The laws of regional trading blocs also affect the business activities of Nestlé. When Nestlé and Coca-Cola announced a joint venture to develop coffee and tea drinks, they first had to show the European Union (EU) Commission that they would not stifle competition across the region. Firms operating within the EU also have to abide by EU environmental protection laws. Nestlé works with governments to minimize the packaging waste that results from the use of its products by developing and managing waste-recovery programs. As you read this chapter, think of all the ways business activities are affected when groups of nations band together in regional trading blocs.1
Regional trade agreements are changing the landscape of the global marketplace. Companies like Nestlé of Switzerland are finding that these agreements lower trade barriers and open new markets for goods and services. Markets otherwise off-limits because tariffs made imported products too expensive can become quite attractive once tariffs are lifted. But trade agreements can be double-edged swords for many companies. Not only do they allow domestic companies to seek new markets abroad, but they also let competitors from other nations enter the domestic market. Such mobility increases competition in every market that takes part in an agreement.
Trade agreements can allow companies to alter their strategies, sometimes radically. As we will see in this chapter, for example, nations in the Americas want to create a free trade area that runs from the northern tip of Alaska to the southern tip of South America. Companies that do business throughout this region could save millions of dollars annually from the removal of import tariffs under an eventual agreement. Multinationals could also save money by supplying entire regions from just a few regional factories, rather than have a factory in each nation.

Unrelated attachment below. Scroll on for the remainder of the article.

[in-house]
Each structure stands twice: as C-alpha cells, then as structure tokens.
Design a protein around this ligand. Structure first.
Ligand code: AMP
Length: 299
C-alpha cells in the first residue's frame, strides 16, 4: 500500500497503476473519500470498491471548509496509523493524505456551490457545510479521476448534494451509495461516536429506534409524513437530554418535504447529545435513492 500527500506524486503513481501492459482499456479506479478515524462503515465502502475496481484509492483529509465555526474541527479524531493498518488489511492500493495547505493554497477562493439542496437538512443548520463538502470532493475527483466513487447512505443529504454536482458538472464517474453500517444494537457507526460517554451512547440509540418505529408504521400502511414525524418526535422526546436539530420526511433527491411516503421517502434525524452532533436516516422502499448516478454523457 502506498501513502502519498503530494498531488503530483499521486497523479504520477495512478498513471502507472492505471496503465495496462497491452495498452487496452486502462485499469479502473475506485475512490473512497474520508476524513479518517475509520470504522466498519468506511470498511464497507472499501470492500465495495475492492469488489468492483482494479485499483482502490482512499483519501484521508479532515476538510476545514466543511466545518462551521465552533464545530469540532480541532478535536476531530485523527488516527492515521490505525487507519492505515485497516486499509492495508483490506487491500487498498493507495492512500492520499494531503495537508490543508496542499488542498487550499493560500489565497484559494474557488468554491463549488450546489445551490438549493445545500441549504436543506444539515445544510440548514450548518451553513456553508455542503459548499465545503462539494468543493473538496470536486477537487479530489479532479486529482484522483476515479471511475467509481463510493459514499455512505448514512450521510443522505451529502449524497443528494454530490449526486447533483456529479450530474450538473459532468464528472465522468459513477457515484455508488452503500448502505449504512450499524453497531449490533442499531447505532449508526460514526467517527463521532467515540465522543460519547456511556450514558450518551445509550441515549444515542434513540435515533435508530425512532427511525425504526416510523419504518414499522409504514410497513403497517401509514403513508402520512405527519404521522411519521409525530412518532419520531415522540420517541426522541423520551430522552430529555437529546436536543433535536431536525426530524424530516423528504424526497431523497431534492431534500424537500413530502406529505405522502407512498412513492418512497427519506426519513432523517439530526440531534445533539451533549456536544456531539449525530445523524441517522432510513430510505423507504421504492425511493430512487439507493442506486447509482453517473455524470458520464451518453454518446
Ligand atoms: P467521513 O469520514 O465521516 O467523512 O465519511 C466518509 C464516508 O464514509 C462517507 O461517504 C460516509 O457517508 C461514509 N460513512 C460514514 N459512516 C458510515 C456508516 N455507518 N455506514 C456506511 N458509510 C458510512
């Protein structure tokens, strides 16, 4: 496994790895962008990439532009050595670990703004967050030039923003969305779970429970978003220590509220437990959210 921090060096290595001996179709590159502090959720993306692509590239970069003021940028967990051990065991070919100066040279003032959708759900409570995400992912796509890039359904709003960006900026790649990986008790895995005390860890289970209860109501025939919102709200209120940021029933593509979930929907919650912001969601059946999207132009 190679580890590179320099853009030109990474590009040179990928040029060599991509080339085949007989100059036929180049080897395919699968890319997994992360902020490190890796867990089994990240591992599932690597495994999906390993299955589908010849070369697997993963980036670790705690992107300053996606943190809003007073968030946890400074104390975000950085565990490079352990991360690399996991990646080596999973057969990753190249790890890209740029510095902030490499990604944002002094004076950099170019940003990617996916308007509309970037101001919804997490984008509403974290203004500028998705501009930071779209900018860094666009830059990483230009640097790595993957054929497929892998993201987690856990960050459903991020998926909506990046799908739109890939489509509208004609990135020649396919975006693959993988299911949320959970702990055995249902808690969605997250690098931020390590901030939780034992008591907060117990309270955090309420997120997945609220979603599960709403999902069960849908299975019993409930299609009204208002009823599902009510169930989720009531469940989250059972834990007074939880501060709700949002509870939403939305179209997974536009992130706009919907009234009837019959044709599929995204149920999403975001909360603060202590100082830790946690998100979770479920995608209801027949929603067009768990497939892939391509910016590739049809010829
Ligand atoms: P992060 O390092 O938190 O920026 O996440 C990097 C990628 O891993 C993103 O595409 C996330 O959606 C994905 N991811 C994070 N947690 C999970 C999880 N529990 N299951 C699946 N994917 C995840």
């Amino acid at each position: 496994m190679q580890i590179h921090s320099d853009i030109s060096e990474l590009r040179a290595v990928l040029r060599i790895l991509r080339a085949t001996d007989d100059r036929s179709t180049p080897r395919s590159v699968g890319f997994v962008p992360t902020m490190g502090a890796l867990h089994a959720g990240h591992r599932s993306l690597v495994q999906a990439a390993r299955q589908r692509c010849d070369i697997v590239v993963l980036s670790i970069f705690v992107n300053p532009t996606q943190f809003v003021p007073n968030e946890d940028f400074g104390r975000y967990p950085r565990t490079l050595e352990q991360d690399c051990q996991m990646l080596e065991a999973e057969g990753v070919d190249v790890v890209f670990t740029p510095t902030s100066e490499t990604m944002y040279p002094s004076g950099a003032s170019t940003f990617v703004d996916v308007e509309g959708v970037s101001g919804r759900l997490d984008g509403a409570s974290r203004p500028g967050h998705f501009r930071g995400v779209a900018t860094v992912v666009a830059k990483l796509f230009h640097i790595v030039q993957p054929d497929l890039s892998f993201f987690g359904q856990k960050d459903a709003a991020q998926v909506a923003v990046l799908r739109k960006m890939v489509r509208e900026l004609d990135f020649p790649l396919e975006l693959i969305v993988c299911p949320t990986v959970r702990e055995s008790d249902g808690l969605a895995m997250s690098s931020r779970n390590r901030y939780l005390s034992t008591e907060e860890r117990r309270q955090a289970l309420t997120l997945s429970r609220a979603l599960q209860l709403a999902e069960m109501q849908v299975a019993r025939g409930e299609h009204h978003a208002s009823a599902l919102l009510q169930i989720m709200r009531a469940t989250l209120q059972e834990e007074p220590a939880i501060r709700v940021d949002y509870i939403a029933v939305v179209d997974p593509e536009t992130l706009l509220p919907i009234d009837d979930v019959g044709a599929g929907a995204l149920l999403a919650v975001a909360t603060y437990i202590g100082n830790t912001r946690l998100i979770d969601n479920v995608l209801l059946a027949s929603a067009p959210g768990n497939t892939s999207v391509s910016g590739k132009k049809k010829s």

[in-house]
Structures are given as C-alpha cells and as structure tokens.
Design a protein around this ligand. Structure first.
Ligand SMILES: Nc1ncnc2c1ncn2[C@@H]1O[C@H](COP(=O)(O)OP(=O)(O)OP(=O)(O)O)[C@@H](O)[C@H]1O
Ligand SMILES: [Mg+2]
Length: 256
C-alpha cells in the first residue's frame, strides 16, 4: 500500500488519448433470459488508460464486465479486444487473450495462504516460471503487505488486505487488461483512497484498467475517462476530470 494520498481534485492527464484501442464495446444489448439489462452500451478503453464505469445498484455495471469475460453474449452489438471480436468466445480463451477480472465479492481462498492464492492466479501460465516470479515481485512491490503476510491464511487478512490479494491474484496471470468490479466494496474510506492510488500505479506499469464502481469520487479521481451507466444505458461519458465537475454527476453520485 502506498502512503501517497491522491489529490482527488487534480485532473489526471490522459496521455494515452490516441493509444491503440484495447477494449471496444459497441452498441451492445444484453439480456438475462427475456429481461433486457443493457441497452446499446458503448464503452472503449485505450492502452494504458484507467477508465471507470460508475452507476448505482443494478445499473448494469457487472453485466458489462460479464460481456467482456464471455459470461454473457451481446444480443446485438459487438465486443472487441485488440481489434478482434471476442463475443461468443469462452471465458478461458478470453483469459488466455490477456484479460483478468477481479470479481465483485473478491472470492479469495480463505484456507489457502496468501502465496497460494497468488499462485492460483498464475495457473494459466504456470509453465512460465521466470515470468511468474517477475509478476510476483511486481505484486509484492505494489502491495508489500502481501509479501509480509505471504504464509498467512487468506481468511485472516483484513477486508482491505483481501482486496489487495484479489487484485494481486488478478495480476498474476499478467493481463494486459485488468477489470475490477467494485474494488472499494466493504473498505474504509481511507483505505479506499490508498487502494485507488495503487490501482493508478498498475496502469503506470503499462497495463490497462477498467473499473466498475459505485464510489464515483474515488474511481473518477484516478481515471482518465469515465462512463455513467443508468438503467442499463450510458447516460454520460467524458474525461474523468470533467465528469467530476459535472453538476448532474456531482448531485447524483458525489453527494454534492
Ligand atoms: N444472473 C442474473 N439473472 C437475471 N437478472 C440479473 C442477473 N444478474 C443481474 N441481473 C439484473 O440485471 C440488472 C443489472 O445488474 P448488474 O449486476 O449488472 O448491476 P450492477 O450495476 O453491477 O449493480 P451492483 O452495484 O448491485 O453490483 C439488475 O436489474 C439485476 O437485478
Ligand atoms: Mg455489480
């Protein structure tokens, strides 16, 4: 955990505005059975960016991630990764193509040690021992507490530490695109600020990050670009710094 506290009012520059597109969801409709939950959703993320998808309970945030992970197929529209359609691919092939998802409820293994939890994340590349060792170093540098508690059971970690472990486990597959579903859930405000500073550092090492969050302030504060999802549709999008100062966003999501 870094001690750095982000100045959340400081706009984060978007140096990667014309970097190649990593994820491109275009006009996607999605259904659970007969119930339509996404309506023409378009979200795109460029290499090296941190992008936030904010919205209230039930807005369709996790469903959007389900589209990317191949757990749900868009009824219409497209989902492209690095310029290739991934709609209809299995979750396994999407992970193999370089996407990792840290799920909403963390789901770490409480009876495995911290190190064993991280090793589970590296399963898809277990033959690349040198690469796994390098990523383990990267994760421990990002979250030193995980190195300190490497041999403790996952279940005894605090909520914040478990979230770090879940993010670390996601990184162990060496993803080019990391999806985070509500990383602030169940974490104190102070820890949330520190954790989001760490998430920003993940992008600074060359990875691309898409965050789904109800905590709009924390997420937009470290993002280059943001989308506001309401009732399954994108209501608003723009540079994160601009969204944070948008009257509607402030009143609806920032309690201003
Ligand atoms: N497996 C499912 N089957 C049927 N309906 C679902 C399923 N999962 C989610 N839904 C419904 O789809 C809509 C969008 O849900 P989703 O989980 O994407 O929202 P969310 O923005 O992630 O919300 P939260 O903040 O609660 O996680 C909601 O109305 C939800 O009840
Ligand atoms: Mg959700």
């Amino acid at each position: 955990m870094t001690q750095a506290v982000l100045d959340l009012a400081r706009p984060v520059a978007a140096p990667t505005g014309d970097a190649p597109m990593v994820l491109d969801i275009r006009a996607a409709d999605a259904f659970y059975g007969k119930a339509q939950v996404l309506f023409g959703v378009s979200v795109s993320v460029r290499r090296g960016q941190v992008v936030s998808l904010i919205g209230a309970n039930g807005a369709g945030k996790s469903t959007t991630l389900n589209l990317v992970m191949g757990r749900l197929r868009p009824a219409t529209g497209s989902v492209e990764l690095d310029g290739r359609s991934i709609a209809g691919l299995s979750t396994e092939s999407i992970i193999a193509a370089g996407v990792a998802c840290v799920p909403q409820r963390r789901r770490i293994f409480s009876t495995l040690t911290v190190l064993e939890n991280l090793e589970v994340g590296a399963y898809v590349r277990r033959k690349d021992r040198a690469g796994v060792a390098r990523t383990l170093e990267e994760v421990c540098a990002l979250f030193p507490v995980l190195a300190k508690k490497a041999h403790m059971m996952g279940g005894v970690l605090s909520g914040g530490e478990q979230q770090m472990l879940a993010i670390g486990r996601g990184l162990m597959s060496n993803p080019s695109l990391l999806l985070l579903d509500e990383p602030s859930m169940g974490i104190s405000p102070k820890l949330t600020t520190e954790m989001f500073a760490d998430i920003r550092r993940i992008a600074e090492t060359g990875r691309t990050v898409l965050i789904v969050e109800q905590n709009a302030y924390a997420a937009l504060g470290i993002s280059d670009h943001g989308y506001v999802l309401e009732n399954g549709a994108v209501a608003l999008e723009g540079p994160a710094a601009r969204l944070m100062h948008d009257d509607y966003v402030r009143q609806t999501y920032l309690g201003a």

We began Part Three of this book by discussing the gains resulting from specialization and trade. We now close this part of the book by showing how groups of countries are cooperating to dismantle barriers that threaten these potential gains. In this chapter, we focus on regional efforts to encourage freer trade and investment. We begin by defining regional economic integration and describing its five different levels. We then examine the benefits and drawbacks of regional trade agreements. Finally, we explore several long-established trade agreements and several agreements in the early stages of development.
What Is Regional Economic Integration?
The process whereby countries in a geographic region cooperate to reduce or eliminate barriers to the international flow of products, people, or capital is called regional economic integration (regionalism). A group of nations in a geographic region undergoing economic integration is called a regional trading blocs.
regional economic integration (regionalism)
Process whereby countries in a geographic region cooperate to reduce or eliminate barriers to the international flow of products, people, or capital.
The goal of nations undergoing economic integration is not only to increase cross-border trade and investment but also to raise living standards for their people. We saw in Chapter 5, for example, how specialization and trade create real gains in terms of greater choice, lower prices, and increased productivity. Regional trade agreements are designed to help nations accomplish these objectives. Regional economic integration sometimes has additional goals, such as protection of intellectual property rights or the environment, or even eventual political union.